Brown, E. Health Care Expenditures for Adults Ages 18–64 with a Mental Health or Substance Abuse Related Expense: 2007 versus 1997. Statistical Brief #319. March 2011. Agency for Healthcare Research and Quality, Rockville, MD. http://www.meps.ahrq.gov/mepsweb/data_files/publications/st319/stat319.shtml

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AHRQ welcomes questions and comments from readers of this publication who are interested in obtaining more information about access, cost, use, financing, and quality of health care in the United States. We also invite you to tell us how you are using this Statistical Brief and other MEPS data and tools and to share suggestions on how MEPS products might be enhanced to further meet your needs. Please e-mail us at mepspd@ahrq.gov or send a letter to the address below:

Steven B. Cohen, PhD, Director
Center for Financing, Access, and Cost Trends
Agency for Healthcare Research and Quality
540 Gaither Road
Rockville, MD 20850

Figure data for accessible table follows the image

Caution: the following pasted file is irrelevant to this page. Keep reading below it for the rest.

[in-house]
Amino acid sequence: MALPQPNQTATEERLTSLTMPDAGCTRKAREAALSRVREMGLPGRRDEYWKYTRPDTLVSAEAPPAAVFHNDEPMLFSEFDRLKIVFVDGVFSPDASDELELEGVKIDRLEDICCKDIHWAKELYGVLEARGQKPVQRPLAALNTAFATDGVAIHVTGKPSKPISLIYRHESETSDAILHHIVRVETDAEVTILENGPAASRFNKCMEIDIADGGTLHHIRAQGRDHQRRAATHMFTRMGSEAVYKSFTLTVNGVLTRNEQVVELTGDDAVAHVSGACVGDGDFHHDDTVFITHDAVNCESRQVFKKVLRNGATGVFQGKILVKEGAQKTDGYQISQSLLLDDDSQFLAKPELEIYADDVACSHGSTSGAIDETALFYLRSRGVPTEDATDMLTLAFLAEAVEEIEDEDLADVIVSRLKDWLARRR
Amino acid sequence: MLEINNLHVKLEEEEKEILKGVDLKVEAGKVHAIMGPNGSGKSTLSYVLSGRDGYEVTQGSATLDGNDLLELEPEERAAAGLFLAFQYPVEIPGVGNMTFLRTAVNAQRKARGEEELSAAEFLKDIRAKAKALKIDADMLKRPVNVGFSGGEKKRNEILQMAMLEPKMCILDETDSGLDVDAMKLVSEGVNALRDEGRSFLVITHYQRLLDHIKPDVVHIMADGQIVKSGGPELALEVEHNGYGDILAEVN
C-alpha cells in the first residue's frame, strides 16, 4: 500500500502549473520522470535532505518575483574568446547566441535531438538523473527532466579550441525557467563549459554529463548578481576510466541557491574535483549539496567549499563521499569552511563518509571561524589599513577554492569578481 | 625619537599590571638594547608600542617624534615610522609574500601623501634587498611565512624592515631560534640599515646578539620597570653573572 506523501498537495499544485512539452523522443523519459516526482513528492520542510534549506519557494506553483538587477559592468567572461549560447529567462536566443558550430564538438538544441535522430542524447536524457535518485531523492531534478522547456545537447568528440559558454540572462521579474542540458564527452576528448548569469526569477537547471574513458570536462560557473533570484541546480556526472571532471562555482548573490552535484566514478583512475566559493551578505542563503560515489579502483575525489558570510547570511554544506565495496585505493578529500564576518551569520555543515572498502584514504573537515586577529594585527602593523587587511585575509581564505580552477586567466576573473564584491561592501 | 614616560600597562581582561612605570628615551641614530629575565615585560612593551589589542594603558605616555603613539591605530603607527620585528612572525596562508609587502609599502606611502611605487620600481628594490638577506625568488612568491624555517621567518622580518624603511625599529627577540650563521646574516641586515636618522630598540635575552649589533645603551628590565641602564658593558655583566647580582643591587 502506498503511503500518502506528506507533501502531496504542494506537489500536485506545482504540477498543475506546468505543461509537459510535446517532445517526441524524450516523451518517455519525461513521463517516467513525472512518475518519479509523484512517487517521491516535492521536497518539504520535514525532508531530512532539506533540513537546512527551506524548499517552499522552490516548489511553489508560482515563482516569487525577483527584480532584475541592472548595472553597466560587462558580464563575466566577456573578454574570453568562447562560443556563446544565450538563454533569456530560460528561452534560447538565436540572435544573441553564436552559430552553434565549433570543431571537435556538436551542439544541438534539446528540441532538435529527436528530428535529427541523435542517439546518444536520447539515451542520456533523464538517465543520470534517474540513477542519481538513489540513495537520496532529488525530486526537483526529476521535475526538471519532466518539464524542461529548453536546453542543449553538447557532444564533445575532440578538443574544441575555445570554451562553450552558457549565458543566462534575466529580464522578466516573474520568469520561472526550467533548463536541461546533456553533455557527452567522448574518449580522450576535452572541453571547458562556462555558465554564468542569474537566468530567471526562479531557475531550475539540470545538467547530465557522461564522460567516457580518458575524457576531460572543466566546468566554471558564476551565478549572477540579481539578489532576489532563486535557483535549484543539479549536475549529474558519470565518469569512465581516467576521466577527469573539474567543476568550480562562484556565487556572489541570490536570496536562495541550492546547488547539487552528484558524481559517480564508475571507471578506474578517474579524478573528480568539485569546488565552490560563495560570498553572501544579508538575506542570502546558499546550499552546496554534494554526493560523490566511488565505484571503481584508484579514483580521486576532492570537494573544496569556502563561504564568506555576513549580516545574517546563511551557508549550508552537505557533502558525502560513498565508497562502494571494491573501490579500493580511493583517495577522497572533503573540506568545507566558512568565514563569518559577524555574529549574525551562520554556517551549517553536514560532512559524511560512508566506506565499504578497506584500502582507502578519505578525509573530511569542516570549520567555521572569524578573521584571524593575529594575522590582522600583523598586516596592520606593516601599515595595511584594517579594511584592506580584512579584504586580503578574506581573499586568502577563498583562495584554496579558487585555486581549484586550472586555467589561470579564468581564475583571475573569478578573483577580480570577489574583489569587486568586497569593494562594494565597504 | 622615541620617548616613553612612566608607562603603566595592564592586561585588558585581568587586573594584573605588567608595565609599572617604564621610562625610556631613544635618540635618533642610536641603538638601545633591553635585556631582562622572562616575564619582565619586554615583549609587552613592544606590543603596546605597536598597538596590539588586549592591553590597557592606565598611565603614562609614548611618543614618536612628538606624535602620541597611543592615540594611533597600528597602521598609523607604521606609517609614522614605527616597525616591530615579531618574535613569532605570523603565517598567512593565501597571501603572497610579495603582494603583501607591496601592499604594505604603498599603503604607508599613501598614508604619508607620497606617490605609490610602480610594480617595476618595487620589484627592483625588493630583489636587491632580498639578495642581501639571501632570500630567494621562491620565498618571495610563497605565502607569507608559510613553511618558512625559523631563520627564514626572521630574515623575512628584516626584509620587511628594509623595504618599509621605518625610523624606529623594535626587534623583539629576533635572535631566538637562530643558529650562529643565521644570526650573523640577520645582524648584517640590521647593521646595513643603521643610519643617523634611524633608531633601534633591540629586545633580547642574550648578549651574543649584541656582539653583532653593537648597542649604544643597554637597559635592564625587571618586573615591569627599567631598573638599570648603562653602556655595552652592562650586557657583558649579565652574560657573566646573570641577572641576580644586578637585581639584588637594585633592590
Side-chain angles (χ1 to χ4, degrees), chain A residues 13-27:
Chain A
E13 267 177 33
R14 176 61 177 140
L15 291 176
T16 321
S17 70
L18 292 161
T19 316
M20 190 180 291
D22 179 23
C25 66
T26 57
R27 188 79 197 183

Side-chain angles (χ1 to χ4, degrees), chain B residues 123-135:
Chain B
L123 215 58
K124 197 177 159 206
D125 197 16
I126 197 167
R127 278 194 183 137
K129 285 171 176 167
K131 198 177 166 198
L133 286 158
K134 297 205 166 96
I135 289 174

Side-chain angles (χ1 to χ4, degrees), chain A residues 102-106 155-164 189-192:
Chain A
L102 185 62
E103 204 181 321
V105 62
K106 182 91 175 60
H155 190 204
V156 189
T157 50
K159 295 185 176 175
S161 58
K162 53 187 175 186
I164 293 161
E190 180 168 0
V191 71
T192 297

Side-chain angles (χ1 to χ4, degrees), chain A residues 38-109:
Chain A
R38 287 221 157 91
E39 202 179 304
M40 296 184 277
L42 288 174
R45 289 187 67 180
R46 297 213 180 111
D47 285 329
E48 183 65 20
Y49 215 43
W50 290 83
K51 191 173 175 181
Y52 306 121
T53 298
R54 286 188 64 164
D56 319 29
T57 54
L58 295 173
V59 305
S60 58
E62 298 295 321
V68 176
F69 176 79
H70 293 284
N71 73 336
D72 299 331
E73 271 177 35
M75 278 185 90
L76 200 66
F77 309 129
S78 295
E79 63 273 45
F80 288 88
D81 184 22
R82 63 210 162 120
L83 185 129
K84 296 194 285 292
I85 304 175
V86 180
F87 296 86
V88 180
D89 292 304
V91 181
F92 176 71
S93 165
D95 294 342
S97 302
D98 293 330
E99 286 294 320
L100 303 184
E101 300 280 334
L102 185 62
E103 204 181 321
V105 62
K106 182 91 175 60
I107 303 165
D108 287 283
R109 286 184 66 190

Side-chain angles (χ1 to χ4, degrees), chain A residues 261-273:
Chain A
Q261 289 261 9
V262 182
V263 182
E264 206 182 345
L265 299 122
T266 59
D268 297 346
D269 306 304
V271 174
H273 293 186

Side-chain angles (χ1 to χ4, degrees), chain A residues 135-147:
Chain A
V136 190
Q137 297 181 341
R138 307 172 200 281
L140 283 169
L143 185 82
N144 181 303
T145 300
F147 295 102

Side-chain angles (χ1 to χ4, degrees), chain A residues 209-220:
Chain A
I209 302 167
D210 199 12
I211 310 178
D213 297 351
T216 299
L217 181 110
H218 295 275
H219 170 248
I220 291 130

Figure 1. Selected summary of MHSA expenditure estimates for adults ages 18-64, 1997 (adjusted to 2007 dollars) and 2007
Estimate19972007
Total number of persons (millions)165.2188.7
Total MHSA expenses (billions)$23.4$36.5
Total number of persons (millions) with MHSA expenses13.023.9
Average annual MHSA expenses (per person with expenses)$1,796$1,531
Source: Center for Financing, Access, and Cost Trends, AHRQ, Household Component of the Medical Expenditure Panel Survey, 2007

Figure data for accessible table follows the image
Figure 2. Percentage of adults ages 18-64 with MHSA expenses by type of service, 1997 and 2007
Prescribed medicinesAmbulatory